Earlier this week, I received an e-mail from a woman named Maria, who was a boarder about four years before I was. (To protect her privacy, I am not including her last name. In her note, she gave me permission to reprint it.) Since I started this blog, I have been searching online for women who had boarded at this school and contacted her through a social media site. As with any person who’s endured trauma and abandonment as a kid, I wanted to hear others’ stories, less out of a need for confirmation, more out of a need to connect with others and to give our experience a voice. I had buried those years for so long. I write for a living, and finally feel driven to tell this story.
As I read her e-mail, I had such a strong visceral reaction. I felt shaky and thought I would get sick. Her words brought back the terror and pain. For the rest of the day, I grieved for her as a little girl, the other little girls and, of course, myself. Her e-mail felt that powerful and so familiar, even the part about Ed Sullivan and the collie:
“I read your blog and I guess I was surprised but also kind of felt confirmed after all these years of bad memories. I don’t know why, but I never realized that there would be others that would have felt the same as I did. I think I always thought it must have been me. I know that there were older girls there and I remember them laughing and having a good time. For some reason I think of this in some sort of locker room – is that familiar at all?
“I hated the place and the memories that most stand out in my mind are of Sr. [X]. She was horrible – she must’ve been just absolutely hateful inside and took it out on the kids. But of course, through the eyes of a child, you always think it’s just you.
“One particular vivid memory is of her holding me just off the floor by my arm while she was beating me, all because my hair got wet on a day that we were not supposed to wash our hair. Do you remember that Thursday was hair washing day? (It may have been different when you were there.) Well, my shower cap had a tear in it and my hair got a little wet. So, I’m a little kid and she’s this huge black hulking figure (black habit) and she’s dangling me by my arm while she’s hitting me and yelling. I can still almost see the twisted expression on her face. I remember the absolute terror – I don’t know how she got away with it. I don’t remember any other nun doing anything to the kids but maybe I didn’t see it.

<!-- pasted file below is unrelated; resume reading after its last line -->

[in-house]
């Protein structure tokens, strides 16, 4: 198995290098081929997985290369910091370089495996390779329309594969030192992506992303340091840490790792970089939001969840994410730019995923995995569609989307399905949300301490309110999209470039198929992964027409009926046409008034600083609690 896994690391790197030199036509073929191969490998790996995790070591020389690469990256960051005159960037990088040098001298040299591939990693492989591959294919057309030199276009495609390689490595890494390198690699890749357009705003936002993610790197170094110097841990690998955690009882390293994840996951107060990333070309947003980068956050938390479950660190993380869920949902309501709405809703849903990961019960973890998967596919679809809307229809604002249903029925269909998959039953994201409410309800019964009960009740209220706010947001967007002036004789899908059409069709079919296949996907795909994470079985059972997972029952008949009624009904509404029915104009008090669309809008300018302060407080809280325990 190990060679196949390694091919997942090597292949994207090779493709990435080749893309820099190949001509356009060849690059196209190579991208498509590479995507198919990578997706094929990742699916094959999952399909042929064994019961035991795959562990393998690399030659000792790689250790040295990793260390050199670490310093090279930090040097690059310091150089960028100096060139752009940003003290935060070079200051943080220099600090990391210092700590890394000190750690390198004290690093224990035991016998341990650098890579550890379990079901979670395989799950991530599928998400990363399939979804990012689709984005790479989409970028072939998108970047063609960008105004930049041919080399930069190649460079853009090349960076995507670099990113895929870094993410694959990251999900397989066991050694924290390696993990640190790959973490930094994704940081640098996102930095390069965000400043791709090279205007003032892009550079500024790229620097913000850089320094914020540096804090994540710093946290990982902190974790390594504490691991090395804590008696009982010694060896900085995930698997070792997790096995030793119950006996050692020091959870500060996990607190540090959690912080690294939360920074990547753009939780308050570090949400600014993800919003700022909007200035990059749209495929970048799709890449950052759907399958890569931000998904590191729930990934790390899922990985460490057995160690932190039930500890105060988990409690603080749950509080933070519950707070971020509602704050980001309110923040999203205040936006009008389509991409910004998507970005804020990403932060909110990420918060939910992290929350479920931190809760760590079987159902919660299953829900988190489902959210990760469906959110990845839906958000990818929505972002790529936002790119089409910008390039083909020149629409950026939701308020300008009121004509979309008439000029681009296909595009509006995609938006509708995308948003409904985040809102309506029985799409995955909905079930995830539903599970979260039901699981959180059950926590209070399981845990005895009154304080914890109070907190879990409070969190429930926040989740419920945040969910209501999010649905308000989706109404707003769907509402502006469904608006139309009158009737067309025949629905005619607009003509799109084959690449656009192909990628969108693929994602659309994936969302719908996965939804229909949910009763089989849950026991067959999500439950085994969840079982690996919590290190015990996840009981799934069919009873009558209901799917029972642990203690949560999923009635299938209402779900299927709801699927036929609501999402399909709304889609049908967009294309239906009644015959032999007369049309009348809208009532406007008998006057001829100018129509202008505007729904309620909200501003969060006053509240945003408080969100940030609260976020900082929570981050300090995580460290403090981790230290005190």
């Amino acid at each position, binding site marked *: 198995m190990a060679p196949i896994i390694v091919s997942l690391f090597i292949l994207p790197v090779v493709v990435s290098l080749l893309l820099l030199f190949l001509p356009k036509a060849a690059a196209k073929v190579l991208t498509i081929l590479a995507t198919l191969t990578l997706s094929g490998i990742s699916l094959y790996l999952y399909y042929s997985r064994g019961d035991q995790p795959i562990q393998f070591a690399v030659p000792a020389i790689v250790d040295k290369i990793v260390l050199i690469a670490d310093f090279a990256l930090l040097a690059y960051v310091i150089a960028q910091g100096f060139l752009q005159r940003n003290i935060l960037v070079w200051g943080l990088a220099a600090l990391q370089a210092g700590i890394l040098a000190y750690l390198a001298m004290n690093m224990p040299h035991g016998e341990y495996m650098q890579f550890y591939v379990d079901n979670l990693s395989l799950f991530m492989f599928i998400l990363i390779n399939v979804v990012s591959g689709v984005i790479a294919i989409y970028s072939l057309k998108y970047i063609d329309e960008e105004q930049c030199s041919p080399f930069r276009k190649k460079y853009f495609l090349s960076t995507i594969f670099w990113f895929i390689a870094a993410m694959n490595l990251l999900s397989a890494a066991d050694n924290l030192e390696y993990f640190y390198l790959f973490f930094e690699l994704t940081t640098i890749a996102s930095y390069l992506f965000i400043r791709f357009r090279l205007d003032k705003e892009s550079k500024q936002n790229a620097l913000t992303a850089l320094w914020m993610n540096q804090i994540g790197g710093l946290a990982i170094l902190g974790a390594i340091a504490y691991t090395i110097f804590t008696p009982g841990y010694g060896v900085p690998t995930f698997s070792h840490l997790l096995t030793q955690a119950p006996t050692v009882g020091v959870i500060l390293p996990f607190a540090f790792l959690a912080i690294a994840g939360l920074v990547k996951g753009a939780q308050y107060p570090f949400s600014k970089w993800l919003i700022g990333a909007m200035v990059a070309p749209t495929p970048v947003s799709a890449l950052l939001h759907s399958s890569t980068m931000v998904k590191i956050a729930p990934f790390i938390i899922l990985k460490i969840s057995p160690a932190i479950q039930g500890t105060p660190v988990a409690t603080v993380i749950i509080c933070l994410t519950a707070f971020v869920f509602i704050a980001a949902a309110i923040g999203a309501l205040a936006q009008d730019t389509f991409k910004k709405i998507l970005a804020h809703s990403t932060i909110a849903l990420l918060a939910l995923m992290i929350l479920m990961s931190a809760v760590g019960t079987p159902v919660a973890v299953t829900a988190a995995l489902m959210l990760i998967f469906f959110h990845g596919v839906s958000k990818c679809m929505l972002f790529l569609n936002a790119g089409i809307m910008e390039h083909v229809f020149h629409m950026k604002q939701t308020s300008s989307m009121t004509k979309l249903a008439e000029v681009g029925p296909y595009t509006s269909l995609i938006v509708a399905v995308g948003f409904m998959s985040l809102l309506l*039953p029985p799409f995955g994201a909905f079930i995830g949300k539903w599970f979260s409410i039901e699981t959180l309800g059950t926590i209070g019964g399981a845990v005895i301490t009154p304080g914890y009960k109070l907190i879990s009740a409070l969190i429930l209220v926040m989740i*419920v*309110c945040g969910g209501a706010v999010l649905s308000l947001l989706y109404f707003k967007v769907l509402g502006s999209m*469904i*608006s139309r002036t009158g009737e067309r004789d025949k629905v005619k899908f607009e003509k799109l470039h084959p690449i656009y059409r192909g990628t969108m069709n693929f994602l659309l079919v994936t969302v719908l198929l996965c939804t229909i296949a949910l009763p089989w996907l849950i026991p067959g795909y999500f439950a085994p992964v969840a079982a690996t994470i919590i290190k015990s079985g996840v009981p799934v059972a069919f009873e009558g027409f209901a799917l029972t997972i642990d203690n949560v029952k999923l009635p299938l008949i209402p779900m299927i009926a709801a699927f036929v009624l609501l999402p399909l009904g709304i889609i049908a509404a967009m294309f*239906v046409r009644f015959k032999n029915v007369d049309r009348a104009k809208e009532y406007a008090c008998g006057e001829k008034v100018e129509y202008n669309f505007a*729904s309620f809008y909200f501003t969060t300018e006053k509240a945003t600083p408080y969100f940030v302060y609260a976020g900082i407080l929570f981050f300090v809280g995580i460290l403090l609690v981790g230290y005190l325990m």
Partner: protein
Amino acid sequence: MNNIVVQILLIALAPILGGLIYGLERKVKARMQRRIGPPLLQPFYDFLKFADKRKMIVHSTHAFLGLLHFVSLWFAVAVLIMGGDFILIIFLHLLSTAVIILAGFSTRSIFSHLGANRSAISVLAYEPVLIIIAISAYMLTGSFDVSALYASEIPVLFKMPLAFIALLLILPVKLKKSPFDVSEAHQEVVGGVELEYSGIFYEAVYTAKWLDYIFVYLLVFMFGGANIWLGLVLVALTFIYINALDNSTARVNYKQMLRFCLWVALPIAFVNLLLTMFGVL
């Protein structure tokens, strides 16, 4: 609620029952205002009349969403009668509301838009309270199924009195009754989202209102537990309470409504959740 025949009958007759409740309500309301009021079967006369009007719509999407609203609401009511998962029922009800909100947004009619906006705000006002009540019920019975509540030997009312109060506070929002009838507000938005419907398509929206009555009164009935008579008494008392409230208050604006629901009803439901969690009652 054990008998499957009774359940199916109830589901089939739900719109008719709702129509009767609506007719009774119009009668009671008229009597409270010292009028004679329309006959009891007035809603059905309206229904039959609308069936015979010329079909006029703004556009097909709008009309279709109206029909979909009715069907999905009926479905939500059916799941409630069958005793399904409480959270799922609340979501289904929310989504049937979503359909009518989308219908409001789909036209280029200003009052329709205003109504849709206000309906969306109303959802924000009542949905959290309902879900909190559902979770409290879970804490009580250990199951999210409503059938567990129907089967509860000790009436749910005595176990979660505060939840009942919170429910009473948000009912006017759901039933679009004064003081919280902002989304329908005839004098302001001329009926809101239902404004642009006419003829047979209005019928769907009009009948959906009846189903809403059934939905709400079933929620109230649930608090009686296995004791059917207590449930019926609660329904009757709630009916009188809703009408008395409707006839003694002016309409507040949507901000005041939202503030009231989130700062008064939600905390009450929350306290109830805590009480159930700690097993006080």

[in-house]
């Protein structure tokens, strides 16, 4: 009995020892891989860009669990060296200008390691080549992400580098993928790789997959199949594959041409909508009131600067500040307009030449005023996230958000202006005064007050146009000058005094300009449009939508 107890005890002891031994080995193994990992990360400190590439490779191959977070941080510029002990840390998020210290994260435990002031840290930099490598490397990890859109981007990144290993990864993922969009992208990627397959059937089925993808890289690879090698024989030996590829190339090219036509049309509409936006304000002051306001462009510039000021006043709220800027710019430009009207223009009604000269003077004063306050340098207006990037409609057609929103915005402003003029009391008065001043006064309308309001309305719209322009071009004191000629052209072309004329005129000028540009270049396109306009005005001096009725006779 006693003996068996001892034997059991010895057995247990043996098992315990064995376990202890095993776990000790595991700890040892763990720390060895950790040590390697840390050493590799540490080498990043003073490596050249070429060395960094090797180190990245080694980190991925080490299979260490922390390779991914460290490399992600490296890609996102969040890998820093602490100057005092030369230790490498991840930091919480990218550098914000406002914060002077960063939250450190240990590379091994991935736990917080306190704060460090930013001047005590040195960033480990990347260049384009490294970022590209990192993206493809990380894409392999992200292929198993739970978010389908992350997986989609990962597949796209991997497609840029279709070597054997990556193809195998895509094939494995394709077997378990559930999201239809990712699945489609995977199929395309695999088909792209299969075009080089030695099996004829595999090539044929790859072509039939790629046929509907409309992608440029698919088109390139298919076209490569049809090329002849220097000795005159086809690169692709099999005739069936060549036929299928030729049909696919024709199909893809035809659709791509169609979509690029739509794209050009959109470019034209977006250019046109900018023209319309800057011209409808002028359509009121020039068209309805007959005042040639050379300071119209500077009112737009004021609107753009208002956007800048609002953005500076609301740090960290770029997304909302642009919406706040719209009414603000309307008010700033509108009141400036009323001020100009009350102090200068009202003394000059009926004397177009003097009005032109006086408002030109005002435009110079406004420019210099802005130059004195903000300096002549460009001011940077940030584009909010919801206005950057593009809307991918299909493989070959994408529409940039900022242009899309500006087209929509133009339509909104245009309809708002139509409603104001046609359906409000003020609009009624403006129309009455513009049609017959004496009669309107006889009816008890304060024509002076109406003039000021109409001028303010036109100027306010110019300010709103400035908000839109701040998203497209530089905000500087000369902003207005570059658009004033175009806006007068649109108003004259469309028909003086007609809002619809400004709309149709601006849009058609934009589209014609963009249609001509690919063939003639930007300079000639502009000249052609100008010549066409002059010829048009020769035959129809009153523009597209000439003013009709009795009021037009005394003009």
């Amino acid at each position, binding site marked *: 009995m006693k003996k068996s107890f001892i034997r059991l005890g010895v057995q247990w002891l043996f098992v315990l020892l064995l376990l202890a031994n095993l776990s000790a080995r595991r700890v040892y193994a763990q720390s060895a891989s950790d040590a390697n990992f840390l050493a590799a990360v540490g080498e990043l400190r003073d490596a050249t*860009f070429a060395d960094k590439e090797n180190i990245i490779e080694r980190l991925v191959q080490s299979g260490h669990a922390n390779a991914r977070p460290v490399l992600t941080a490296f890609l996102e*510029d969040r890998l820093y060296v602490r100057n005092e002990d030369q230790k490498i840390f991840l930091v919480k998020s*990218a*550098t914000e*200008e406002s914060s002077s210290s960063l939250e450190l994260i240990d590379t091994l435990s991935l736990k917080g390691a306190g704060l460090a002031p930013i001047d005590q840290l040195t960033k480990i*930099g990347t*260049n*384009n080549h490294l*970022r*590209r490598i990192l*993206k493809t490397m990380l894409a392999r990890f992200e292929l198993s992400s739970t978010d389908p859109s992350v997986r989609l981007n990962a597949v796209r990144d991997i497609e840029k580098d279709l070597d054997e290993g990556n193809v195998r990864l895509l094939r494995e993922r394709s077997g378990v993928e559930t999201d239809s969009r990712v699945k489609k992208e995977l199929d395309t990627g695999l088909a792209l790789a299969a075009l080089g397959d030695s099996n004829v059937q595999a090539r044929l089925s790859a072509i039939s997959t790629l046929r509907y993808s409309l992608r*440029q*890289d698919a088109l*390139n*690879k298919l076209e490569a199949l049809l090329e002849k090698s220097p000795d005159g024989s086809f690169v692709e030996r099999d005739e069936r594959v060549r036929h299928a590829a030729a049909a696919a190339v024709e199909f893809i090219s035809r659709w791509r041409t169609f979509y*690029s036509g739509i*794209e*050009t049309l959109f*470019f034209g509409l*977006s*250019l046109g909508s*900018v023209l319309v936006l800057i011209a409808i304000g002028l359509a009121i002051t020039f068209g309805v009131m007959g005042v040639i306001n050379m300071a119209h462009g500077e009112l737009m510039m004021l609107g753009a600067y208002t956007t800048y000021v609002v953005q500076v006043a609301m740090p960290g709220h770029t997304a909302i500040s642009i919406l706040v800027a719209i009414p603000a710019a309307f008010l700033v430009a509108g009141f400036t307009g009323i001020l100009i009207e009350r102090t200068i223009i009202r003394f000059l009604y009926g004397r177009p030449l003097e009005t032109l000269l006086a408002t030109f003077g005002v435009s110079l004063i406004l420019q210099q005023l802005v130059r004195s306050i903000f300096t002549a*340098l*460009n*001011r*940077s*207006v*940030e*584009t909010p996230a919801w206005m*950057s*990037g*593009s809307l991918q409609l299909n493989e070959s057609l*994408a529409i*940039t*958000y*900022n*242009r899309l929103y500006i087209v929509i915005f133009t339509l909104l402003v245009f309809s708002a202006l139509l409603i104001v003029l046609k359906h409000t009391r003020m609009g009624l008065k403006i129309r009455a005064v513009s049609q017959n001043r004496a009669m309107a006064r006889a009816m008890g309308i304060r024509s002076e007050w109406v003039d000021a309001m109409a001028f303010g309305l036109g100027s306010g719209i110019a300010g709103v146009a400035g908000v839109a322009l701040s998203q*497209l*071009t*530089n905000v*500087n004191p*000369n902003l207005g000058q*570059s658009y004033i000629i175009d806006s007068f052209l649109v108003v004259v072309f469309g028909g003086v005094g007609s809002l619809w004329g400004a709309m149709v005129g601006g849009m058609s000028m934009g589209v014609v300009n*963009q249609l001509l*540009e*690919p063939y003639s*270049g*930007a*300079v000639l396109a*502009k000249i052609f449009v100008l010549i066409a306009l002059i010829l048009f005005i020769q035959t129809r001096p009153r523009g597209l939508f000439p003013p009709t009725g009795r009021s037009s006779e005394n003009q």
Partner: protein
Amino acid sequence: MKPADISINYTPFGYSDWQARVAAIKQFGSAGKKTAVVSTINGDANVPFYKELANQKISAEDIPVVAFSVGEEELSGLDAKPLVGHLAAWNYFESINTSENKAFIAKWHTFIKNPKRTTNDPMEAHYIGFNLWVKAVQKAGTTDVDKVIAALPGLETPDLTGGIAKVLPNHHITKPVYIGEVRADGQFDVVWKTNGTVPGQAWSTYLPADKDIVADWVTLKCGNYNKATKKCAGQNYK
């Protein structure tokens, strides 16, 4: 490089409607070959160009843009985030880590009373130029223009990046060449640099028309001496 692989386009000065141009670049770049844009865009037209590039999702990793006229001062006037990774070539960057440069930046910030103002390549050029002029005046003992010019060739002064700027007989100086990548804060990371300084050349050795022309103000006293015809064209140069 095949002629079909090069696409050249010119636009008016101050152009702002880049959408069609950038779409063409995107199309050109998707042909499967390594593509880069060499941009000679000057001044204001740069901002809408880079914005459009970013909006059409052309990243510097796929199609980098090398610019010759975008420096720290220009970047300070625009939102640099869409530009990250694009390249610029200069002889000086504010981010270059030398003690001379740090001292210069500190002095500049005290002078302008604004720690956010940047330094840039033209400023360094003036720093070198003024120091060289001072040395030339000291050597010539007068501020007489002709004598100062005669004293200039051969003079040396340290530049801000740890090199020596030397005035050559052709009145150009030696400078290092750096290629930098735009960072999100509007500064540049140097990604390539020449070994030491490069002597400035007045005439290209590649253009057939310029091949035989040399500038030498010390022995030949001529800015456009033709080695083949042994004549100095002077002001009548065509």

“Another time I was in bed (I remember the dormitory with 2 rows of beds), and the 2 girls on either side of me were talking and then got out of bed. Well, Sr. [X] came up and let us all have it even though I pleaded with her that I didn’t do anything. I also remember being punished or hit for not eating all the food on my plate – you know kids and string beans. Does yucky macaroni and cheese ring a bell? And getting hit for throwing up after eating something I didn’t like. Just normal kid stuff.
“My mom took me out after 6 months because of the bruises on my body. She says she couldn’t figure out what was happening and that I never complained. Scared I guess. So she took me to the doctor who she says looked at her as if she were a child abuser. Now this is through the memory of my 76 year old mom, so I don’t really know what to say. I spoke to her the other day about this again, because I’ve never really been sure why I was there. She tells me she had to work, but she was married and there was a Catholic elementary school right across the street. I suppose times were different and she tells me she thought she was sending me to a good school.
“I do know that I could never send my daughter away – she’s going to college in September and I’m having a hard enough time with that. But if the discussion goes too far with my mom, she’ll feel as if I’m accusing her and I don’t want to go there. But I do think about it sometimes.
“I do have a good memory of watching the Ed Sullivan show on Sunday nights. And also, there was a dog – a Collie. One of the nuns would hold up her fingers, and the dog would bark according to how many fingers she held up. You can use any of this on your blog if you like.
“I wonder if Sr. [X] is still alive. I looked on the St. John’s website – there’s an area that names nuns from the past but I didn’t see her name. I think I would like confront her, although the years of growing up and thinking of nuns as next to God might make that difficult for me to do. I’m an RN, and many years ago I had a nun as a patient. She was having knee surgery and I had to place a tourniquet cuff high on her thigh in preparation for the surgery. The thought of touching her in such a personal manner terrified me and I apologized to her. That reverence for nuns is so ingrained in us as children growing up Catholic.
“Sorry this is so long. I have really strong memories of that place – even as a 53 year old, I still cringe when I think of it.”
~ Maria, February 9, 2009
Thank you, Maria, for taking the time to write of your experience and letting me share it with others on my blog. I’m sure that your honesty will touch many. (P.S. The nun, now elderly, is still alive. She’s long since retired–the boarding school shut down in 1972 or so.)